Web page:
Thursday, November 15, 2012

Blue Jays trade analysis - part deux

Yesterday I wrote about the Jays recent trade and warned fans not to have high expectations, based on the results of some other blockbuster deals or big signings. I outlined several examples over the past 10 or so years where teams added major parts in the offseason and didn't get the results they expected.

That's all well and good, but just because some big trades don't pan out, doesn't mean that they all won't.  So today, I'm going to look at the specific players involved in this trade, and analyze how much of an impact they can be expected to provide.

The players the Blue Jays received were Jose Reyes, Josh Johnson, Mark Buerhle, John Buck and Emilio Bonifacio.

Jose Reyes is a dynamic player. A multiple time all star, he can get on base, has a bit of power and is FAST. Also plays a pretty decent shortstop (although statisically is below average).  In total he was worth 2.8 WAR (wins above replacement) last season.  He will be replacing Yunel Escobar who wore out his welcome in Toronto with his homophobic pranks. Escobar doesn't get on base quite as much, has slightly less power and is nowhere as fast. Obviously not as good as an all around player, although slightly better with the glove.  All in all he was worth 2.3 WAR last year.  Wait, what?  The difference between these 2 players over the course of a season is 1/2 a win.  That means, that all things being equal, a team with Reyes at shortstop will on average win 1 more game than a team with Escobar over 2 complete seasons. I know you don't believe me. But this is assuming both players perform the exact same way they did last year.  Early in his career Reyes had a couple of 5+ WAR seasons.  If he can somehow duplicate that, then the Jays are 3 or so games better than with Escobar.

Mark Buehlre: I'll cut to the chase.  In his career he has struggled against the AL East. The good news is that he won't have to face the Blue Jays. The bad news is that he'll pitch against the rest of the division more often. The inconclusive news is that this stat might not matter. Small sample size, he won't be pitching against the Ramirez/Youkils Red Sox and maybe it was Jorge Posada or Bobby Abreu who destroyed him as Yankees. I don't know / too lazy to look it up.  I'll assume the best case scenario that he'll pitch the same way he has throughout his career.  He's been a pretty consistent 2 WAR pitcher, maxing out at 4.2 a few years ago, and had a 1.8 last season.  He'll be replacing Henderson Alvarez, who although pitched the most inning for the Blue Jays was pretty much the definition of "replacement level", garnering a 0.1 WAR for the season.  Optimistically, let's say he has a career year which would be a 4 win improvement.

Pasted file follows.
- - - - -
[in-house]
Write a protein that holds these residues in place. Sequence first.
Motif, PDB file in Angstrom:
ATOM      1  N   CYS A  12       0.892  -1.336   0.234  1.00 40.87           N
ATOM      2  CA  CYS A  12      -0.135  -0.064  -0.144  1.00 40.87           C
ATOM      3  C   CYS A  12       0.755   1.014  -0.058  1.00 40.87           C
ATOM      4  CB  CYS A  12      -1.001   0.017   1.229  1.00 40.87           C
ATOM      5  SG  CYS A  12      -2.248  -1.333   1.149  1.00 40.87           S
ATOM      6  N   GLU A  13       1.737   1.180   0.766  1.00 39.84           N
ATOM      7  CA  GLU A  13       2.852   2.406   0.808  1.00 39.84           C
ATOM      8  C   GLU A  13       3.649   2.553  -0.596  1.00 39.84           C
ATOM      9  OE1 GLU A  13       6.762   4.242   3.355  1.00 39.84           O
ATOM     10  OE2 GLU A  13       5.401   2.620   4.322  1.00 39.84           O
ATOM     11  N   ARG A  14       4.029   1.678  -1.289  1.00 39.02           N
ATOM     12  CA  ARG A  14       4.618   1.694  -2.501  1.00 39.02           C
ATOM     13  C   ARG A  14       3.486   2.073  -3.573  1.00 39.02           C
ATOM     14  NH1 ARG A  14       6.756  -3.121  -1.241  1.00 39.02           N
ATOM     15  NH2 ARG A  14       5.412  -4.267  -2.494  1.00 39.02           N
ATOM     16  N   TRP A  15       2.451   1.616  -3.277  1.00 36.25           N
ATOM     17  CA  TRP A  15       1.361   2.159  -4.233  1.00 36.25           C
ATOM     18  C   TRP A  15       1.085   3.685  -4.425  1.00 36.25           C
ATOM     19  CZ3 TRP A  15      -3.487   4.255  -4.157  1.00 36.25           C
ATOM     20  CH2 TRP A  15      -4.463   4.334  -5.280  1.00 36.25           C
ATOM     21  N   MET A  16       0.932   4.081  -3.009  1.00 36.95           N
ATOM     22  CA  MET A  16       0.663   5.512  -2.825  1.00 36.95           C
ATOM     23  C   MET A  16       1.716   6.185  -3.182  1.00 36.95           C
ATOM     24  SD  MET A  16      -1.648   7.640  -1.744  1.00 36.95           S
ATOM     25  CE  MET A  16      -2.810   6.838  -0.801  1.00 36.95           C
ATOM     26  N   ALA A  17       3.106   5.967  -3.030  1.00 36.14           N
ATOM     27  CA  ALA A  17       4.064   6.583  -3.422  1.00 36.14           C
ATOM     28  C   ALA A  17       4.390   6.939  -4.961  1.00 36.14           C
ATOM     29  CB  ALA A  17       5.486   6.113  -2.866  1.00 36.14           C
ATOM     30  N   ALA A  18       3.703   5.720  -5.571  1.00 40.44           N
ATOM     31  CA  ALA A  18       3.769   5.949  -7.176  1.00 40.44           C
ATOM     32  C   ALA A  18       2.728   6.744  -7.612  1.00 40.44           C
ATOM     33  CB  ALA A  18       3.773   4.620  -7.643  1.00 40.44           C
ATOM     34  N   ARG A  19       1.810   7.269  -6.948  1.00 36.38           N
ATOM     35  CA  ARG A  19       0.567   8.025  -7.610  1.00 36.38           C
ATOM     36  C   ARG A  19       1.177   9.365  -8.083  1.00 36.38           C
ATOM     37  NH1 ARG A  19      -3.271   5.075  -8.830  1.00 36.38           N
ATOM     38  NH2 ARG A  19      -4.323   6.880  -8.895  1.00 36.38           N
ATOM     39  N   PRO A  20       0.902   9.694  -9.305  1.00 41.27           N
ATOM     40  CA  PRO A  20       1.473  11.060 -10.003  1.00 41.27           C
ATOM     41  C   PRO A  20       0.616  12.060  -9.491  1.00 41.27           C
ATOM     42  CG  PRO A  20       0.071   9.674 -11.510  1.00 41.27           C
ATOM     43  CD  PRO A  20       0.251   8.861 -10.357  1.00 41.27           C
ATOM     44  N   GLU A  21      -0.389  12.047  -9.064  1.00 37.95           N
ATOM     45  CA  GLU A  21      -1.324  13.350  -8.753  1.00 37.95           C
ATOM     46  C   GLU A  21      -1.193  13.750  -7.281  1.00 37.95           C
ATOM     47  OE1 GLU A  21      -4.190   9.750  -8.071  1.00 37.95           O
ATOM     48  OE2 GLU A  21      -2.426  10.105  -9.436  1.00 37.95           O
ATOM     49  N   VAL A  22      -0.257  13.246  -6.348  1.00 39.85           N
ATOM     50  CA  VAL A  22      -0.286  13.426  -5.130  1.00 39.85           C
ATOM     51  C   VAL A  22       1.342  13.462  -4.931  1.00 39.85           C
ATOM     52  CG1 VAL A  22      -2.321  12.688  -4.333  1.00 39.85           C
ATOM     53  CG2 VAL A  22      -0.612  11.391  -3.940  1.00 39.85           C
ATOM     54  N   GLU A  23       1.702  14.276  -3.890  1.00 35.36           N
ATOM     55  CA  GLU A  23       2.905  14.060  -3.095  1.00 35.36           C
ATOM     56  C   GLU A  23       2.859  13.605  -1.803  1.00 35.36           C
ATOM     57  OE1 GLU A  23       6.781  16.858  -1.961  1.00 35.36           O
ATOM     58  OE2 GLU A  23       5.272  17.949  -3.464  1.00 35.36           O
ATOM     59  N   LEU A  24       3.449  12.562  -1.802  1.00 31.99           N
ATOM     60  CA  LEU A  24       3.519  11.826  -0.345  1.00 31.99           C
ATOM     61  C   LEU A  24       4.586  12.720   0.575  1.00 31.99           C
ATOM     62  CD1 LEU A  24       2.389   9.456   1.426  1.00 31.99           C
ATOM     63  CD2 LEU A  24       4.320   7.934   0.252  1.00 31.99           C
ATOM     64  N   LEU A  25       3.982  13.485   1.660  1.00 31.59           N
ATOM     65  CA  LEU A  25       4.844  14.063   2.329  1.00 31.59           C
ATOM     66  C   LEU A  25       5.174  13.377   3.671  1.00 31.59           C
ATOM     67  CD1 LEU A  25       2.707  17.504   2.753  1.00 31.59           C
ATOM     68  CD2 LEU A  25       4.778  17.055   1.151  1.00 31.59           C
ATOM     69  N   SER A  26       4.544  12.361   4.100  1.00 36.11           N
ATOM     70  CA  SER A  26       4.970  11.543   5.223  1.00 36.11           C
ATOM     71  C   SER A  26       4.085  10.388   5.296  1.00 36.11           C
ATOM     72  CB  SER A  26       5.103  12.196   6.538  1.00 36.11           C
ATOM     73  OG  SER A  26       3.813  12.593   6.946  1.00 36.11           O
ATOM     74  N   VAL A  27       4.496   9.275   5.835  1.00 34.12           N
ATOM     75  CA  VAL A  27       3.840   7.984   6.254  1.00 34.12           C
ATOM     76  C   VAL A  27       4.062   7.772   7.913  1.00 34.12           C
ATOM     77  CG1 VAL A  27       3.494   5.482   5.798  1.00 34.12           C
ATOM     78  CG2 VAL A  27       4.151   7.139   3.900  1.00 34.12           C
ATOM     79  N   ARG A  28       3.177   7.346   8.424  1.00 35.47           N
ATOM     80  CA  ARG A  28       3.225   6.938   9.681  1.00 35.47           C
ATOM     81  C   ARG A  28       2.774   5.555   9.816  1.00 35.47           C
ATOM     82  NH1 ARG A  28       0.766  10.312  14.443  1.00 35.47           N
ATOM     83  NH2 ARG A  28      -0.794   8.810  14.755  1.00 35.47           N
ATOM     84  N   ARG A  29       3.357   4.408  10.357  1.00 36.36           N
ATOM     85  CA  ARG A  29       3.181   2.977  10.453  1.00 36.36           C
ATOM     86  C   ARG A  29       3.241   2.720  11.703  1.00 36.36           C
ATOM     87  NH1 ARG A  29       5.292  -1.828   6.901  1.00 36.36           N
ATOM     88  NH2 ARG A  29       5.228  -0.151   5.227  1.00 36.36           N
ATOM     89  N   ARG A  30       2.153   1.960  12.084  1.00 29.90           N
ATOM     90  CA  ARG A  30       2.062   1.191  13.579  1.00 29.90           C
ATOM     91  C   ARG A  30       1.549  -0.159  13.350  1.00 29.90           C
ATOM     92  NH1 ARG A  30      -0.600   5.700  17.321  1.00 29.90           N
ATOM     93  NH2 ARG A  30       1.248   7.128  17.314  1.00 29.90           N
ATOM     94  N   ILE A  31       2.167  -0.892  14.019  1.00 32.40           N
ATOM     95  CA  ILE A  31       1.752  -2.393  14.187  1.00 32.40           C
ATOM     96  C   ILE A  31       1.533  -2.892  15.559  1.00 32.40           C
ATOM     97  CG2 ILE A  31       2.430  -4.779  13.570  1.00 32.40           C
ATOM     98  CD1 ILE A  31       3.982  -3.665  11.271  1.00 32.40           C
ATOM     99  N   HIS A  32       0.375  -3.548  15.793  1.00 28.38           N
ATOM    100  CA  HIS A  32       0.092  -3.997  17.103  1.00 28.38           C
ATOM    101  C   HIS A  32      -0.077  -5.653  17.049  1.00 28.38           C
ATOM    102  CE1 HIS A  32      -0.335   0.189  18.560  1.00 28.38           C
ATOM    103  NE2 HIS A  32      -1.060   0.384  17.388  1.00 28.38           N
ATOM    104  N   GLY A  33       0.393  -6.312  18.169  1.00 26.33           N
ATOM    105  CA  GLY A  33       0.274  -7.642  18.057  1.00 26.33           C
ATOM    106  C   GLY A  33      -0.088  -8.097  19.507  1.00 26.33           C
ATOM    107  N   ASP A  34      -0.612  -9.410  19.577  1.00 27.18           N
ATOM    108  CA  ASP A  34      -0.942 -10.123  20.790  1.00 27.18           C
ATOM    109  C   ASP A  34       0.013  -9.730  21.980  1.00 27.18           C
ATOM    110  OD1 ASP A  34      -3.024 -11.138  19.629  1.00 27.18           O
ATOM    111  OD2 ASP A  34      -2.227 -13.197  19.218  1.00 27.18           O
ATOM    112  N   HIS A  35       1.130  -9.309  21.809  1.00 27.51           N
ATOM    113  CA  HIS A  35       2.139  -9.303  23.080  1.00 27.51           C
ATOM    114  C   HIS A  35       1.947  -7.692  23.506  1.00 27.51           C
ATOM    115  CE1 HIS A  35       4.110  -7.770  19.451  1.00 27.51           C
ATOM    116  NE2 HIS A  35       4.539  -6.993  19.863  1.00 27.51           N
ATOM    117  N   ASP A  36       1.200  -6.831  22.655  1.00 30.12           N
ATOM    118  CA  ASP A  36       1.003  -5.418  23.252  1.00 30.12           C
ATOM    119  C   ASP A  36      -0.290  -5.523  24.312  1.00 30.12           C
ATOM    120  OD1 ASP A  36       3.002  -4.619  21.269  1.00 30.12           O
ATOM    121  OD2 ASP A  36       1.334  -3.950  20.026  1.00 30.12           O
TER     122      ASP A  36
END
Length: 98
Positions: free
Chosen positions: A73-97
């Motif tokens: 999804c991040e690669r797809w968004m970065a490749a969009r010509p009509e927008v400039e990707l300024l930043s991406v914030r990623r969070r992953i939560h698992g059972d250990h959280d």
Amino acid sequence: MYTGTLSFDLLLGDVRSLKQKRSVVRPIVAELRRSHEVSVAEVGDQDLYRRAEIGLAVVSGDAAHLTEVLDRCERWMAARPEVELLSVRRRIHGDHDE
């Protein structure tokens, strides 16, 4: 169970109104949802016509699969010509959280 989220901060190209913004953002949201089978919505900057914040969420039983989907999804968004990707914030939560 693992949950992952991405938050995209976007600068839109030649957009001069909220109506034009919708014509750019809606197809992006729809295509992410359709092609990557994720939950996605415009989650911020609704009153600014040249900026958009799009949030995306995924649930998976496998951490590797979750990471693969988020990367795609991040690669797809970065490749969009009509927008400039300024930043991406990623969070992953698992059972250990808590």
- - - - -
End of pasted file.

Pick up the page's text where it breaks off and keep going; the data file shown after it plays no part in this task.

Josh Johnson is another all-star caliber pitcher. Potentially. He was mediocre last season, but had a pair of 5 WAR seasons early in his career. If he can duplicate that, pencil him in to add 5 wins to the Jays (as he'll be bumping whoever the #5 starter was out of the rotation).

John Buck is a back up catcher. He'll replace Jeff Mathis.  Not going to waste my time looking up the numbers, I don't think he's the reason why anyone is excited over this trade. Let's call that even.

Finally, Emilio Bonifacio is also headed north. He's a utility player who may become their everyday 2nd baseman. He can also play the outfield but the Jays are set there. So at best he'll be replacing Kelly Johnson who left as a FA. I don't think he can duplicate Johnson's numbers, but again, let's be optimistic and call it a wash.

So if we assume none of the prospects the Jays gave up would have helped the big league roster next year,  and career best seasons from the haul they got back, the Jays could expect to win 12 more games.  That would get them to 85 wins.  And of course all these assumptions are EXTREMELY optimistic. Realistically, I would predict that combined these players will net the Blue Jays an extra 7 wins.  Now, the Jays may still end up making the playoffs, but if they do, it will due to contributions from other players. Duplicating the results of last year, and the new additions will only get them to about 80 wins.  Any additional increase will be a combination of players bouncing back from poor seasons, somebody having a career year, and unexpected contributions from rookies and bench players.  (they will also need help with avoiding injuries, outperforming their expected pyth record,  better then expected BABIP, and other sabrmetric things that can be called "luck" for simplicity).  It could happen - just like the Orioles and Oakland won over 90 games this year - but you should not expect it to.

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